In spite of having grown up in a household with a family doctor and a nurse (her parents Hal and Sara), entering the medical field was the last thing on young Rebecca Talleys mind as she headed off to college at the University of North Carolina in Chapel Hill. It would take four years of college followed by quite a few unexpected and fortunate turns in the road before she would discover what she was meant to do with her life.

Dr. Talley describes herself as an average student at UNC. I had a good time, had great friends, and worked hard as manager of the cafeteria at my dorm, she says. She spent one year in nursing school, eventually redirecting her intellectual energies into a major in public policy analysis, but when she graduated in 1987, she still had no idea what she wanted to do.

So, being newly graduated, high-spirited, adventurous, and jobless, Becca moved to Washington D.C., a choice that was quickly rewarded with an opportunity she still feels lucky to have had. She was offered a staff job with the National Academy of Sciences (NAS) Committee on Human Rights. In this position, she investigated and built cases for the release of individuals in the fields of science, medicine and engineering who were being held as political prisoners by foreign governments. There was a great deal of research involved and the process was very slow, she says, but those problems were more than offset by the unique benefits of the job: meeting and working with people from all over the world, including Nobel laureates, and international groups such as Doctors Without Borders, the World Health Organization, and Amnesty International.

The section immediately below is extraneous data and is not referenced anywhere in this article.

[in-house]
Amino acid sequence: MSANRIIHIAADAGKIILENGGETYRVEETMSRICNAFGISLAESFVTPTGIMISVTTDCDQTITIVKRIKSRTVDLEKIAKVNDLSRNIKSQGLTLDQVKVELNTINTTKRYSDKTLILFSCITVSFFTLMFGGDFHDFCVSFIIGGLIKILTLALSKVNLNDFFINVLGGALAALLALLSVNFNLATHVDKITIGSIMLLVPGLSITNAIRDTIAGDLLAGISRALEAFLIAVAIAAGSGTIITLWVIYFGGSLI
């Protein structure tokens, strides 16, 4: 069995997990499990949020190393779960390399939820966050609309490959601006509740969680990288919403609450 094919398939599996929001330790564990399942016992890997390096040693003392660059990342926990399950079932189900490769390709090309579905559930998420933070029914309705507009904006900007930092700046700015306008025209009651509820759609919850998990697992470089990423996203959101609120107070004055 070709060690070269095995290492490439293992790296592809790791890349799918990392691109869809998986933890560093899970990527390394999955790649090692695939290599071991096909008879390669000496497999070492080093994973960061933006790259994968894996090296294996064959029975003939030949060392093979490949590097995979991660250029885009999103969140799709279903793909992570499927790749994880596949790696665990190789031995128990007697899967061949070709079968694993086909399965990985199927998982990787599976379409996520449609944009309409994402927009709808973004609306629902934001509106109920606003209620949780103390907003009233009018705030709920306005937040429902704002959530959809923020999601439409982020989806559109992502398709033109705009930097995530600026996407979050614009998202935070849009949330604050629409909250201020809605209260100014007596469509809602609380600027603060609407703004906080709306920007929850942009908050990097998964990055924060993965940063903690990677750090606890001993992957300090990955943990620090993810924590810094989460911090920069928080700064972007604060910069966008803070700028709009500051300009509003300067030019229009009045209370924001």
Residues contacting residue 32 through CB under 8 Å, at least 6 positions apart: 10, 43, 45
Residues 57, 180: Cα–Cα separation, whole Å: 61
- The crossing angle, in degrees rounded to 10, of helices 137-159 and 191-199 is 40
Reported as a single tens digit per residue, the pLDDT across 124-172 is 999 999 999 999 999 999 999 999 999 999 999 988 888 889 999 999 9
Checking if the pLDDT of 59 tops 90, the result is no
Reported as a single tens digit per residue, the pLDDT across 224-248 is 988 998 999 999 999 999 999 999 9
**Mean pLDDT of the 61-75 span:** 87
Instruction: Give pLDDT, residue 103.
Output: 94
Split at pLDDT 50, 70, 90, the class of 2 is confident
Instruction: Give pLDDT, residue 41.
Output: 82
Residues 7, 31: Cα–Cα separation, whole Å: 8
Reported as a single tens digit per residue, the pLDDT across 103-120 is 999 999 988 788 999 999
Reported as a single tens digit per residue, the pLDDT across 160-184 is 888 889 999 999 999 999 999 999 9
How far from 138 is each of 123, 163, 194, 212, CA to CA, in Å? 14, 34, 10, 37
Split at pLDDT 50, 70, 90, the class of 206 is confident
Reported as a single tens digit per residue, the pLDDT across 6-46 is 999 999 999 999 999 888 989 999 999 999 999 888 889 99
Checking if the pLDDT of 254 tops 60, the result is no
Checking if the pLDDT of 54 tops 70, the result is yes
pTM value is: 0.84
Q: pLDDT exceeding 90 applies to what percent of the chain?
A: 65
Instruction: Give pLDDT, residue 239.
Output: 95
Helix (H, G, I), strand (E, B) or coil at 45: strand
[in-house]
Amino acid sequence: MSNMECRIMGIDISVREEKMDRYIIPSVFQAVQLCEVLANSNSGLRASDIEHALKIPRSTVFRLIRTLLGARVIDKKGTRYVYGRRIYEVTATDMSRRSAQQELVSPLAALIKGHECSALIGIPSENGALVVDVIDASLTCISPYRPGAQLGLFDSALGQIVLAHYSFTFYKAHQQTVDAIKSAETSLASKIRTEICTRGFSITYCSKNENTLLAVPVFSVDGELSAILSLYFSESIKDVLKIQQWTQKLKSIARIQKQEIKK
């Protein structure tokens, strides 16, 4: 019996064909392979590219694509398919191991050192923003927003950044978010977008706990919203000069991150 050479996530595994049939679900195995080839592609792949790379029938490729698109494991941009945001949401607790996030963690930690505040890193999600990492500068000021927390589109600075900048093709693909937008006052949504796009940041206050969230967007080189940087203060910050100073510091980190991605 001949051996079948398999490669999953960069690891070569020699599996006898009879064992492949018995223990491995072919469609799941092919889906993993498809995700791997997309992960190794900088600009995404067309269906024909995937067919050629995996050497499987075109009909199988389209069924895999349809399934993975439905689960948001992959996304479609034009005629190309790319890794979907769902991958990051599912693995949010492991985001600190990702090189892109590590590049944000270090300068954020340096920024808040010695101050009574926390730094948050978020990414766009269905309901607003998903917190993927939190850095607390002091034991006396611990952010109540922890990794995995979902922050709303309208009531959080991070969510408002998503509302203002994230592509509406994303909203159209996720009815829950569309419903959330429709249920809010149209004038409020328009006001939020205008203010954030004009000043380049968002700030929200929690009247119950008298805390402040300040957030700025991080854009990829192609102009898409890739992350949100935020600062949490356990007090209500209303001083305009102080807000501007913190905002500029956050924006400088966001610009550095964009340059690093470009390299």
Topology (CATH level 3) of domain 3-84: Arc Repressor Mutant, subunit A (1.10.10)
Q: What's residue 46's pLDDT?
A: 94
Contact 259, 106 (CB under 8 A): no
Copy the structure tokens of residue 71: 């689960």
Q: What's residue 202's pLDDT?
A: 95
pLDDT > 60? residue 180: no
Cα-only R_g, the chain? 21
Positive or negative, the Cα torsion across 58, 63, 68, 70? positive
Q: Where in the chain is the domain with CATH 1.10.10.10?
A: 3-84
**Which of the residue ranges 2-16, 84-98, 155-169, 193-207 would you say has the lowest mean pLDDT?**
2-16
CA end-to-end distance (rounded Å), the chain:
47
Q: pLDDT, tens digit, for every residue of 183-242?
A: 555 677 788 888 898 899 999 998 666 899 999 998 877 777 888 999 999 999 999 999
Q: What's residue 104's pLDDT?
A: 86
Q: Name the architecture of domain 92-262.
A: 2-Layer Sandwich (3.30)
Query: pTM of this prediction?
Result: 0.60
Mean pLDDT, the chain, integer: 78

Working with Doctors Without Borders, a international group of physicians dedicated to bringing medical help to those who need it most all over the world, piqued her interest in relief work, but as she investigated this avenue further, she realized it required medical skills she did not have. Never to be discouraged by a closed door, Rebecca left her job with NAS and the city she loved and headed back south. She enrolled in the physicians assistant graduate program at Bowman Gray School of Medicine at Wake Forest University in Winston-Salem, N.C., an academic environment she describes as very nurturing and well suited to her disposition. After graduation in 1991, she was immediately hired to work in a hospital emergency room in Gastonia, N.C., where she had done a rotation during school.